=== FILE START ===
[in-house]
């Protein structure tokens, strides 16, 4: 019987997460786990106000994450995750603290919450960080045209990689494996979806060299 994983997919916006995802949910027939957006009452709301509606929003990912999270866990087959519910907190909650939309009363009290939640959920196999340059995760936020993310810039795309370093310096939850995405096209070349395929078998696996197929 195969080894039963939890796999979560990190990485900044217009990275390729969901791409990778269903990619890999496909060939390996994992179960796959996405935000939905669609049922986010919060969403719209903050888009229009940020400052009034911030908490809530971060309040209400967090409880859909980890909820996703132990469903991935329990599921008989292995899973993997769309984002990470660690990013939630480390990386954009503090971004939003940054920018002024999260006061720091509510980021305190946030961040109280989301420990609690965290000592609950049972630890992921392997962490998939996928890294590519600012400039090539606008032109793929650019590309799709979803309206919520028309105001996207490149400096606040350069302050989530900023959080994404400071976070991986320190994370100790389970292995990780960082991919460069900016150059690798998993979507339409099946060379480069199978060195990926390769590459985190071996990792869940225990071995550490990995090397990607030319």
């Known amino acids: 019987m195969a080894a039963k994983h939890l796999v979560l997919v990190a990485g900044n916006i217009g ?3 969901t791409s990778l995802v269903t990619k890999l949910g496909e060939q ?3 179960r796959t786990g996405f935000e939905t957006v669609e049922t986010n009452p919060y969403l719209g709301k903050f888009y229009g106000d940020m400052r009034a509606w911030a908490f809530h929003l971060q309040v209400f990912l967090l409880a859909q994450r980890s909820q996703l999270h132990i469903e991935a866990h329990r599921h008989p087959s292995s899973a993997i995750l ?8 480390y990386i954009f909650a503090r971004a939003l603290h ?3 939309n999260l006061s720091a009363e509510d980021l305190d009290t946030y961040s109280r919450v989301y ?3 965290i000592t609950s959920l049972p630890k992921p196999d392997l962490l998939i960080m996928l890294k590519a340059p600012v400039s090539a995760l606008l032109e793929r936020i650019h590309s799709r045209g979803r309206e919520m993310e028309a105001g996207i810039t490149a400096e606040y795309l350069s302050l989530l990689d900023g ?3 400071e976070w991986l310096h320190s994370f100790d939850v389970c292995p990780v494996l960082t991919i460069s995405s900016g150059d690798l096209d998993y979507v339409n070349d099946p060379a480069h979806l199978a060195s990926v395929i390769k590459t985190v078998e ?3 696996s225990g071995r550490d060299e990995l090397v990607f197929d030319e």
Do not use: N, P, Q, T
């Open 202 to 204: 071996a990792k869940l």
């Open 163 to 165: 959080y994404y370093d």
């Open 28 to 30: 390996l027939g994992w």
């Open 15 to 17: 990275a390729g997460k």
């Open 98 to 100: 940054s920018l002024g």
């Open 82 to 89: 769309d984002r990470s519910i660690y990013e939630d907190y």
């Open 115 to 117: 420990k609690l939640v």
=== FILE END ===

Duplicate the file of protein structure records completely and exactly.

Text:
[in-house]
């Protein structure tokens, strides 16, 4: 019987997460786990106000994450995750603290919450960080045209990689494996979806060299 994983997919916006995802949910027939957006009452709301509606929003990912999270866990087959519910907190909650939309009363009290939640959920196999340059995760936020993310810039795309370093310096939850995405096209070349395929078998696996197929 195969080894039963939890796999979560990190990485900044217009990275390729969901791409990778269903990619890999496909060939390996994992179960796959996405935000939905669609049922986010919060969403719209903050888009229009940020400052009034911030908490809530971060309040209400967090409880859909980890909820996703132990469903991935329990599921008989292995899973993997769309984002990470660690990013939630480390990386954009503090971004939003940054920018002024999260006061720091509510980021305190946030961040109280989301420990609690965290000592609950049972630890992921392997962490998939996928890294590519600012400039090539606008032109793929650019590309799709979803309206919520028309105001996207490149400096606040350069302050989530900023959080994404400071976070991986320190994370100790389970292995990780960082991919460069900016150059690798998993979507339409099946060379480069199978060195990926390769590459985190071996990792869940225990071995550490990995090397990607030319």
């Known amino acids: 019987m195969a080894a039963k994983h939890l796999v979560l997919v990190a990485g900044n916006i217009g ?3 969901t791409s990778l995802v269903t990619k890999l949910g496909e060939q ?3 179960r796959t786990g996405f935000e939905t957006v669609e049922t986010n009452p919060y969403l719209g709301k903050f888009y229009g106000d940020m400052r009034a509606w911030a908490f809530h929003l971060q309040v209400f990912l967090l409880a859909q994450r980890s909820q996703l999270h132990i469903e991935a866990h329990r599921h008989p087959s292995s899973a993997i995750l ?8 480390y990386i954009f909650a503090r971004a939003l603290h ?3 939309n999260l006061s720091a009363e509510d980021l305190d009290t946030y961040s109280r919450v989301y ?3 965290i000592t609950s959920l049972p630890k992921p196999d392997l962490l998939i960080m996928l890294k590519a340059p600012v400039s090539a995760l606008l032109e793929r936020i650019h590309s799709r045209g979803r309206e919520m993310e028309a105001g996207i810039t490149a400096e606040y795309l350069s302050l989530l990689d900023g ?3 400071e976070w991986l310096h320190s994370f100790d939850v389970c292995p990780v494996l960082t991919i460069s995405s900016g150059d690798l096209d998993y979507v339409n070349d099946p060379a480069h979806l199978a060195s990926v395929i390769k590459t985190v078998e ?3 696996s225990g071995r550490d060299e990995l090397v990607f197929d030319e």
Do not use: N, P, Q, T
């Open 202 to 204: 071996a990792k869940l």
């Open 163 to 165: 959080y994404y370093d």
């Open 28 to 30: 390996l027939g994992w």
């Open 15 to 17: 990275a390729g997460k």
């Open 98 to 100: 940054s920018l002024g």
């Open 82 to 89: 769309d984002r990470s519910i660690y990013e939630d907190y």
């Open 115 to 117: 420990k609690l939640v």